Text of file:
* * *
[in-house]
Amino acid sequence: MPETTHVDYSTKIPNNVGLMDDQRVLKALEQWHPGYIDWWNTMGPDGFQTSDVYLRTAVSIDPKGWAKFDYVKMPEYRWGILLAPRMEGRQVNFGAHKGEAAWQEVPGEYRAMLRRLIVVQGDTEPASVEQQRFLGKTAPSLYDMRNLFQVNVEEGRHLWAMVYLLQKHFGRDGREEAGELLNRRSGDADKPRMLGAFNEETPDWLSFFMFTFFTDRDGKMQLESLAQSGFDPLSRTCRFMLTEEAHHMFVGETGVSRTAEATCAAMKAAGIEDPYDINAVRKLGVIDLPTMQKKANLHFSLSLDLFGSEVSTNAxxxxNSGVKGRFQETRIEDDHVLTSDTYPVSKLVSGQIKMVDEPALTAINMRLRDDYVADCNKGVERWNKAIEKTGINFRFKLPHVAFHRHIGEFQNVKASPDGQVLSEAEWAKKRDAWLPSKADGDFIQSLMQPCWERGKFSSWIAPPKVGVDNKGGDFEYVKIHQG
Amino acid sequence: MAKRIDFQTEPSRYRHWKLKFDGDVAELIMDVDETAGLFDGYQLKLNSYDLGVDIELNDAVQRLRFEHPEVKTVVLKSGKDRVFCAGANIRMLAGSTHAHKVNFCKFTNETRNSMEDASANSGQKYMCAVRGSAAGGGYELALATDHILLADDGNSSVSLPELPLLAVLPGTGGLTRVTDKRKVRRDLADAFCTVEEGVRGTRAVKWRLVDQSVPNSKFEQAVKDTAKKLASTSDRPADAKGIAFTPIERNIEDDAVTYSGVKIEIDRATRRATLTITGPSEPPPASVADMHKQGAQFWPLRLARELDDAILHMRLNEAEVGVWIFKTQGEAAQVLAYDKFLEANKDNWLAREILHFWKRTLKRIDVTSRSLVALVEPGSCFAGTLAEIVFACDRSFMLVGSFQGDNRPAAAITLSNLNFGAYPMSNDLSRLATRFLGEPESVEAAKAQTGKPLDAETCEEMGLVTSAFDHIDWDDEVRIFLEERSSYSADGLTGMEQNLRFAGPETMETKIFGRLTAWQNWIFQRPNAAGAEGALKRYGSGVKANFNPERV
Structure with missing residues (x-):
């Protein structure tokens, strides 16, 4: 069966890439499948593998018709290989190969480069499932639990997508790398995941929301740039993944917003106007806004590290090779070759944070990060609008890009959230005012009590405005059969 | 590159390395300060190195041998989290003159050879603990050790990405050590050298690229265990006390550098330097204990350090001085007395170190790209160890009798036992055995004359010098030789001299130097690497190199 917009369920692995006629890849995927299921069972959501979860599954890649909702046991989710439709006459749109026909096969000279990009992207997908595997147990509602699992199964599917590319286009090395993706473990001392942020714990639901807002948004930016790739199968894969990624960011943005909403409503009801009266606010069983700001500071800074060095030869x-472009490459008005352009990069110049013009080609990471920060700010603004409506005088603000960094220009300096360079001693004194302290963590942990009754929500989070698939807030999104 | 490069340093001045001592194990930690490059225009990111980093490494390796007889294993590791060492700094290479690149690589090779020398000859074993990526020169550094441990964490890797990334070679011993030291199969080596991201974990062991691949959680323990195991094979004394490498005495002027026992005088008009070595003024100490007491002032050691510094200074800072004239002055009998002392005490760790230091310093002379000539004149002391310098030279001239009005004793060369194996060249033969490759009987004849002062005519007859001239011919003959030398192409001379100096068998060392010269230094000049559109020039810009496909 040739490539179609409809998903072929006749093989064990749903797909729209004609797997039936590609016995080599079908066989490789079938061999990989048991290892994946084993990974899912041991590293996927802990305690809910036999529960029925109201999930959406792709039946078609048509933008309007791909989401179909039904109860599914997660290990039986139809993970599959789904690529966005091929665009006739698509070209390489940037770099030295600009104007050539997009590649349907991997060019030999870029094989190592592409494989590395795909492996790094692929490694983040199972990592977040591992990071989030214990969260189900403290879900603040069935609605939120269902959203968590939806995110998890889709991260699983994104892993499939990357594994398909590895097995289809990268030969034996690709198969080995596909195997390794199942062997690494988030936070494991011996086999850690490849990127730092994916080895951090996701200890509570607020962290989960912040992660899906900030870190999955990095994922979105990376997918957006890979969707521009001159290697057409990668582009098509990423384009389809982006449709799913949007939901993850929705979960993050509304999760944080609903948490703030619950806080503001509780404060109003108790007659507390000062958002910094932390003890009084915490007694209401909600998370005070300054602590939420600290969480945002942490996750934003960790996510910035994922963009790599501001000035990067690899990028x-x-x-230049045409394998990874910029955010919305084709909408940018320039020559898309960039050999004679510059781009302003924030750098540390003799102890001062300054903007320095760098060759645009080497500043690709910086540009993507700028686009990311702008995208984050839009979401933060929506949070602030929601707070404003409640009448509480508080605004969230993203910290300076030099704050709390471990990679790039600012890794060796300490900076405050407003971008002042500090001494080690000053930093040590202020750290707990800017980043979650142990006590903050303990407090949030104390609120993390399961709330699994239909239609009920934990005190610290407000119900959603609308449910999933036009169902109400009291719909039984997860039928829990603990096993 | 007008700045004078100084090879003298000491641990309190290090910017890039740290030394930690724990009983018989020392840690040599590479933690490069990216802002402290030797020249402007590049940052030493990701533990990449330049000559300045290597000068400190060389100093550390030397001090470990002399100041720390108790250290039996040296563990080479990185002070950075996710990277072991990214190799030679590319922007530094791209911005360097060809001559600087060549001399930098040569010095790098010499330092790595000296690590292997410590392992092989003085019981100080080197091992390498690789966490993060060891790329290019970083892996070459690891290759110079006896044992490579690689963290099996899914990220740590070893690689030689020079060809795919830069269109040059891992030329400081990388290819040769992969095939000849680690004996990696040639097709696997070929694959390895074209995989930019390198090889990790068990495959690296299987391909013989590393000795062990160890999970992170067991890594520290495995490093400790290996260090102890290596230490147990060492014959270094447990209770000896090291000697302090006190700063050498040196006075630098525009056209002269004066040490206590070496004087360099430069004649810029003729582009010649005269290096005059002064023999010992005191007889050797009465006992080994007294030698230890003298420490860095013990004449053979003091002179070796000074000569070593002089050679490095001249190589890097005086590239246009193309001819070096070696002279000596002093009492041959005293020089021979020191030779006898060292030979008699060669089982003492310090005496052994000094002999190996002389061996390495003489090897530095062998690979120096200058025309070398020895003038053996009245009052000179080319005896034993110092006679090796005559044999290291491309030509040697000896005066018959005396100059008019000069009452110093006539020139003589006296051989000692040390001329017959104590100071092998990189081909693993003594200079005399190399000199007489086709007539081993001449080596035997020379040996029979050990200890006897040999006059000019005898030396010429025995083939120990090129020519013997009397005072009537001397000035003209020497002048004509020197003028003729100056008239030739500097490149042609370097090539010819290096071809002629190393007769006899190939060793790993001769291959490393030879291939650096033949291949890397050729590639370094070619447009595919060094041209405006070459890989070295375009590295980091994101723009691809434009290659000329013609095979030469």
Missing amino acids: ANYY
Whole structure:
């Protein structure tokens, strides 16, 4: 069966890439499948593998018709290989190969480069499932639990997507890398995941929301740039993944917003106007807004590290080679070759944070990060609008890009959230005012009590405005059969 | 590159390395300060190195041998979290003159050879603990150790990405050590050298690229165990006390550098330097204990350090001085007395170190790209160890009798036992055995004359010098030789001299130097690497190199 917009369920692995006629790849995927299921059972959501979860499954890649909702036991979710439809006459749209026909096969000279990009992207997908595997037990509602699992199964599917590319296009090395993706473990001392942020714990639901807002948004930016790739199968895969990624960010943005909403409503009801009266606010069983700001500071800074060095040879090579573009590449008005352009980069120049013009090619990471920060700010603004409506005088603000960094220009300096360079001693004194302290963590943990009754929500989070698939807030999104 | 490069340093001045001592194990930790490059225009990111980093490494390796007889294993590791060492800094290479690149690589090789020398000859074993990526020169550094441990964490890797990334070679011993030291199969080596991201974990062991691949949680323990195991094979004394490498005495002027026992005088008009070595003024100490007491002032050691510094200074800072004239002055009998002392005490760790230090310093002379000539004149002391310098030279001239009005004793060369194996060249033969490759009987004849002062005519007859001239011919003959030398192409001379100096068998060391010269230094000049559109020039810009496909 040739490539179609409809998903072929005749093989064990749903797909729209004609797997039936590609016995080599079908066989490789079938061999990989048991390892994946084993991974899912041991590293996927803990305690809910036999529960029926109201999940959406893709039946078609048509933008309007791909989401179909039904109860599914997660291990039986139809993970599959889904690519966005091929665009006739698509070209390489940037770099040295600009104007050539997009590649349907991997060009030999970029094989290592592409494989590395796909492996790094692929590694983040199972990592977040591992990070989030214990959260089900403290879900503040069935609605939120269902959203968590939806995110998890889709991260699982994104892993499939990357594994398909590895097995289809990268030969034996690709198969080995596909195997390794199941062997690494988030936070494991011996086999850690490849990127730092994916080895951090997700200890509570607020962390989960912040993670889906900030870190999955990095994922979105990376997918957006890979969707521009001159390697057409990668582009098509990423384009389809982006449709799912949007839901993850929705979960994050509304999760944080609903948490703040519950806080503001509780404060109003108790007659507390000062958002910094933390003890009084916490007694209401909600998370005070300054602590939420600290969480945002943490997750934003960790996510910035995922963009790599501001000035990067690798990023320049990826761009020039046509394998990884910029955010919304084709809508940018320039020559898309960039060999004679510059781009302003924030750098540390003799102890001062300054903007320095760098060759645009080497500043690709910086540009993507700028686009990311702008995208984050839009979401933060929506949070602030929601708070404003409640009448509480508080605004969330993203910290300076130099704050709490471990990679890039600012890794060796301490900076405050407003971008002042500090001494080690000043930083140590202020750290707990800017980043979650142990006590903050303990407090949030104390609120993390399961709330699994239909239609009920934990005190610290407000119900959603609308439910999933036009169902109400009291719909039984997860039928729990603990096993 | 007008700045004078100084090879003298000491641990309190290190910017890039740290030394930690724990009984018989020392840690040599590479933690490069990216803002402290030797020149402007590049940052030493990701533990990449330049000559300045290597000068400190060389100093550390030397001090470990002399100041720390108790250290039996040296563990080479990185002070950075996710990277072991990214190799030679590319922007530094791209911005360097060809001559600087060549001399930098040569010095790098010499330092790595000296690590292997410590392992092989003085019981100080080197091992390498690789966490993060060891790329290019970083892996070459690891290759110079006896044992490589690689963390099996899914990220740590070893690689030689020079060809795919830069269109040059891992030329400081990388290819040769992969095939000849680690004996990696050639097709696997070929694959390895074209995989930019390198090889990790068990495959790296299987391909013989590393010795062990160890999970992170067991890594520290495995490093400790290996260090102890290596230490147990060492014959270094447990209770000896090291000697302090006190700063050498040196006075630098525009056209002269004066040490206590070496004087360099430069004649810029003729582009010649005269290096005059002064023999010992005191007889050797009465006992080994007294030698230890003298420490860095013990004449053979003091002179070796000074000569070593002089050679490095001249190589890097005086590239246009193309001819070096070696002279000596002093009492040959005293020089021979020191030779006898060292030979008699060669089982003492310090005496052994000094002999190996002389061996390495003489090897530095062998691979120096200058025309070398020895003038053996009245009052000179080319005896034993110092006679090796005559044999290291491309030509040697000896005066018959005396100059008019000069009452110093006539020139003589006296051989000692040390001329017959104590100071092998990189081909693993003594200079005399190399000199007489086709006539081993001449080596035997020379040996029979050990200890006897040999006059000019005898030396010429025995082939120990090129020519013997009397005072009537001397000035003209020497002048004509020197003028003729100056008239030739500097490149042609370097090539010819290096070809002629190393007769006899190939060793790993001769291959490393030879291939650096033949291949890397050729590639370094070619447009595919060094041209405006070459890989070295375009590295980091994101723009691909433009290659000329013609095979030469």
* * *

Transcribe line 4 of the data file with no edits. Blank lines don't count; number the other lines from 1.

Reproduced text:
Structure with missing residues (x-):